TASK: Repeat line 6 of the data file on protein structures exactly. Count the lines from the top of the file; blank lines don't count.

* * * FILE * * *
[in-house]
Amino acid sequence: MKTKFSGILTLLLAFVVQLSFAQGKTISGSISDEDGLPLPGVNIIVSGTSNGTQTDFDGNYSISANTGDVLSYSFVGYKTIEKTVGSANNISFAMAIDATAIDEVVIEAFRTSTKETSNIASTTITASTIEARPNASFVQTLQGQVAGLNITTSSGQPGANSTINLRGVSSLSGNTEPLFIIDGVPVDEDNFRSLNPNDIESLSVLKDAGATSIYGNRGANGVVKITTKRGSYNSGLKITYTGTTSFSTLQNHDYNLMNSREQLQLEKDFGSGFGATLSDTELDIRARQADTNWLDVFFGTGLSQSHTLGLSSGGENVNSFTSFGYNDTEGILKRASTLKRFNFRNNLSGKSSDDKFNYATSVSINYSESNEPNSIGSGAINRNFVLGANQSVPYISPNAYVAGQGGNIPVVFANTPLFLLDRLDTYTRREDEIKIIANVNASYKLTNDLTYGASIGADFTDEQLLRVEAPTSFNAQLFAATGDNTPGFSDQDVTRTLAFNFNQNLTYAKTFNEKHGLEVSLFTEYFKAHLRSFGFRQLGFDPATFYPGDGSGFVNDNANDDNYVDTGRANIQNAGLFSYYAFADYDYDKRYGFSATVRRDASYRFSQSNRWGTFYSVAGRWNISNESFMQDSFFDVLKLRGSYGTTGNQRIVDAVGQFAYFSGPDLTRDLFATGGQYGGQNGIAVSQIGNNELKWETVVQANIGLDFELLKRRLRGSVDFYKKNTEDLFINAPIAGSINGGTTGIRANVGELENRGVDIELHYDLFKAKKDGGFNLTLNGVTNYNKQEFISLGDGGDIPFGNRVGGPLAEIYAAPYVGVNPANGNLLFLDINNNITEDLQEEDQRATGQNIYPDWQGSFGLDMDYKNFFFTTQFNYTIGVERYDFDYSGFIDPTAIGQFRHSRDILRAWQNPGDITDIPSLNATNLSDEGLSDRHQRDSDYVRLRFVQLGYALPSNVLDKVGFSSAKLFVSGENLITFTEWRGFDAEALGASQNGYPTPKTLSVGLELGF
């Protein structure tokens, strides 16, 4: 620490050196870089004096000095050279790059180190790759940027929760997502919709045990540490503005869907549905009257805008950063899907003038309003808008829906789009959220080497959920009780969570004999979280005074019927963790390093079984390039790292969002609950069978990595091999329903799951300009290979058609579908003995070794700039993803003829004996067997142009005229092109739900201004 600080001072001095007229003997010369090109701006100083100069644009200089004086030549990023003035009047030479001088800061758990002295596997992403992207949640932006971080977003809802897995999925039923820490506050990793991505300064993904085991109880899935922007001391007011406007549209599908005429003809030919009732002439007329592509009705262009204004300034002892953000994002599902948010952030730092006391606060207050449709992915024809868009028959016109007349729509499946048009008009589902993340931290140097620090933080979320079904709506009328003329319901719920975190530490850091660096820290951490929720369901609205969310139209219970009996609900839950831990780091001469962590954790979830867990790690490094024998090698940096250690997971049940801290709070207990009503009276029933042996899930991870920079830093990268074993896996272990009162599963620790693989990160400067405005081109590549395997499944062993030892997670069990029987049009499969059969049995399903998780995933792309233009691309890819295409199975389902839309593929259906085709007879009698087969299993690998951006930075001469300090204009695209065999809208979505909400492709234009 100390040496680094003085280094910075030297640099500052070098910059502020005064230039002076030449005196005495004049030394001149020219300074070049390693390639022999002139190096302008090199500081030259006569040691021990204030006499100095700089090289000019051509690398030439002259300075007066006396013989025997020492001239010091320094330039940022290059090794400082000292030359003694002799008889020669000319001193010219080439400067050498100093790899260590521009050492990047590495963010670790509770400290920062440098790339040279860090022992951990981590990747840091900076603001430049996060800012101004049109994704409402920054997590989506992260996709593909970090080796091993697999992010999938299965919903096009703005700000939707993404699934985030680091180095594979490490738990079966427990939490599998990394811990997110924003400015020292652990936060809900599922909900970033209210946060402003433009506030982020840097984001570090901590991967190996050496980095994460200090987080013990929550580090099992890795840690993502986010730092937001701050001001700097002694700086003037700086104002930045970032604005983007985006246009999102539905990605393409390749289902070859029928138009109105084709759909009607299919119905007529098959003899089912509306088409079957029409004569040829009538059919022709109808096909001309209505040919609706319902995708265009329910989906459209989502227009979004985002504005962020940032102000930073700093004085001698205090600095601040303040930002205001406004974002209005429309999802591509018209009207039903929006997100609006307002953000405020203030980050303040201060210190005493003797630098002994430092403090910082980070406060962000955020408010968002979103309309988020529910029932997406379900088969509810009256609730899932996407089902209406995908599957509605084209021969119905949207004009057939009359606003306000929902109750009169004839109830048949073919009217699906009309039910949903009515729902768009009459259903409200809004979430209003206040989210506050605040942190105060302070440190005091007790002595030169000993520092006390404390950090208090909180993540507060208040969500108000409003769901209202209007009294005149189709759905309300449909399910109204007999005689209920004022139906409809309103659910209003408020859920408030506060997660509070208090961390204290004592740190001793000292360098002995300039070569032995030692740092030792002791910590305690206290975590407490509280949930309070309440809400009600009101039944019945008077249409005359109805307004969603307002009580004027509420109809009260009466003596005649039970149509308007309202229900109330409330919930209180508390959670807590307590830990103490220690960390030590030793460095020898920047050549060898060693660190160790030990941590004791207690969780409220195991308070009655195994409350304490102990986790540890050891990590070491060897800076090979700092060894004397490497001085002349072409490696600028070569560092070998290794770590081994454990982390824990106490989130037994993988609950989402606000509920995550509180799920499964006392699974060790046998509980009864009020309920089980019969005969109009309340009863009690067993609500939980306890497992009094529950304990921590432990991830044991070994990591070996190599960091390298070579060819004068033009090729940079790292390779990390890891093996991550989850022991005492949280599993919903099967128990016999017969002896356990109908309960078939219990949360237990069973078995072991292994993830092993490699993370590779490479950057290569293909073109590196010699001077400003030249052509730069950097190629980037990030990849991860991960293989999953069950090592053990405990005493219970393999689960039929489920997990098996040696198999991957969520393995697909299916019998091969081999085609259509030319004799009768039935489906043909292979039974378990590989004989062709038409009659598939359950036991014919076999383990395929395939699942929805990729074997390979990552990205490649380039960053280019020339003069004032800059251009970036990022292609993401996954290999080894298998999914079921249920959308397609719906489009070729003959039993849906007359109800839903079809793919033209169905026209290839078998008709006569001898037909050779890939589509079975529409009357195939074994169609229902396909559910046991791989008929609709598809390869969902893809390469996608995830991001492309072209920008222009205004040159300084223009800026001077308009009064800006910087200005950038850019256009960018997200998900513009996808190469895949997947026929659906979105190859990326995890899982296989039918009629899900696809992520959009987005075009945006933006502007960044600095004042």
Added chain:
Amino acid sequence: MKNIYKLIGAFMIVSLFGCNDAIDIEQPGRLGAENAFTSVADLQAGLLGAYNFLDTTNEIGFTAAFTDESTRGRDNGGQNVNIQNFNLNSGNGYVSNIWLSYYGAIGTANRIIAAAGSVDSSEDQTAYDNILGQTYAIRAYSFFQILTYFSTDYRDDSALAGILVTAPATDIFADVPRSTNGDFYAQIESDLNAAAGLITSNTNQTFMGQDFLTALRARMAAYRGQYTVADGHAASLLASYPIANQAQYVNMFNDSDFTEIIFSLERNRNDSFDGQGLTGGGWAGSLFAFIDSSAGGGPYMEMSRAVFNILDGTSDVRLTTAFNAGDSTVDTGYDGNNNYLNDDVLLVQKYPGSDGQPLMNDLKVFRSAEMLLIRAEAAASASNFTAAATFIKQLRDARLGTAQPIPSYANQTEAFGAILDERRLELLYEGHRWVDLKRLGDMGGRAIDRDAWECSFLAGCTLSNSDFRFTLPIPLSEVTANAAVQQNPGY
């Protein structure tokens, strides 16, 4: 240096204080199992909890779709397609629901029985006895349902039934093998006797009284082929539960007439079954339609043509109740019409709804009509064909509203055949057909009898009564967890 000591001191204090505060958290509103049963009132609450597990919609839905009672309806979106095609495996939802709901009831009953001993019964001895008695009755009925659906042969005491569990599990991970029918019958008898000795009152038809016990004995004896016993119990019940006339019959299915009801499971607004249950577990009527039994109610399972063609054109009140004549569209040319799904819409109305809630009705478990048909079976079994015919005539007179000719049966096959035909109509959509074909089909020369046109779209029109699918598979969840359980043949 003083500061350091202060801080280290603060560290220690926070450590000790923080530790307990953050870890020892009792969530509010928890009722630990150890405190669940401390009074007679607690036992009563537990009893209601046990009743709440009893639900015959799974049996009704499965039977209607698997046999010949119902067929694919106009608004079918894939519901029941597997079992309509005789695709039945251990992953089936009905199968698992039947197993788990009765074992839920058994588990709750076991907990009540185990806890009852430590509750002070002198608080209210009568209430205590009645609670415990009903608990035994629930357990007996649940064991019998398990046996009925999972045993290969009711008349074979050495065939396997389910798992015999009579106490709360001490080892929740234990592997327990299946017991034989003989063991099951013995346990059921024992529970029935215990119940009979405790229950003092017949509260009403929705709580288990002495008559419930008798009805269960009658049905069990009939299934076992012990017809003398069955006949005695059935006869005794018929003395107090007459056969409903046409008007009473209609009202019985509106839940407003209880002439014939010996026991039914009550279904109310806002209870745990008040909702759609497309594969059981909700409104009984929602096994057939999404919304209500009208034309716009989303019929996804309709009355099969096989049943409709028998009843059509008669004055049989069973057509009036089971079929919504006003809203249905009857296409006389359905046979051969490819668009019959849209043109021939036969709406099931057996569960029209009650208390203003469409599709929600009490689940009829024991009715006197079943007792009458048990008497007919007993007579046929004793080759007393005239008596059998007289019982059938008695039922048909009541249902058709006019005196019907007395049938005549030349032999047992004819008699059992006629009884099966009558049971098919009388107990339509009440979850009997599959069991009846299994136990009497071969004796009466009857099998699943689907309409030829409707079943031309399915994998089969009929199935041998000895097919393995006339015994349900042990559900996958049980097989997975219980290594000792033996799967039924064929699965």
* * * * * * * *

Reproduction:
């Protein structure tokens, strides 16, 4: 240096204080199992909890779709397609629901029985006895349902039934093998006797009284082929539960007439079954339609043509109740019409709804009509064909509203055949057909009898009564967890 000591001191204090505060958290509103049963009132609450597990919609839905009672309806979106095609495996939802709901009831009953001993019964001895008695009755009925659906042969005491569990599990991970029918019958008898000795009152038809016990004995004896016993119990019940006339019959299915009801499971607004249950577990009527039994109610399972063609054109009140004549569209040319799904819409109305809630009705478990048909079976079994015919005539007179000719049966096959035909109509959509074909089909020369046109779209029109699918598979969840359980043949 003083500061350091202060801080280290603060560290220690926070450590000790923080530790307990953050870890020892009792969530509010928890009722630990150890405190669940401390009074007679607690036992009563537990009893209601046990009743709440009893639900015959799974049996009704499965039977209607698997046999010949119902067929694919106009608004079918894939519901029941597997079992309509005789695709039945251990992953089936009905199968698992039947197993788990009765074992839920058994588990709750076991907990009540185990806890009852430590509750002070002198608080209210009568209430205590009645609670415990009903608990035994629930357990007996649940064991019998398990046996009925999972045993290969009711008349074979050495065939396997389910798992015999009579106490709360001490080892929740234990592997327990299946017991034989003989063991099951013995346990059921024992529970029935215990119940009979405790229950003092017949509260009403929705709580288990002495008559419930008798009805269960009658049905069990009939299934076992012990017809003398069955006949005695059935006869005794018929003395107090007459056969409903046409008007009473209609009202019985509106839940407003209880002439014939010996026991039914009550279904109310806002209870745990008040909702759609497309594969059981909700409104009984929602096994057939999404919304209500009208034309716009989303019929996804309709009355099969096989049943409709028998009843059509008669004055049989069973057509009036089971079929919504006003809203249905009857296409006389359905046979051969490819668009019959849209043109021939036969709406099931057996569960029209009650208390203003469409599709929600009490689940009829024991009715006197079943007792009458048990008497007919007993007579046929004793080759007393005239008596059998007289019982059938008695039922048909009541249902058709006019005196019907007395049938005549030349032999047992004819008699059992006629009884099966009558049971098919009388107990339509009440979850009997599959069991009846299994136990009497071969004796009466009857099998699943689907309409030829409707079943031309399915994998089969009929199935041998000895097919393995006339015994349900042990559900996958049980097989997975219980290594000792033996799967039924064929699965």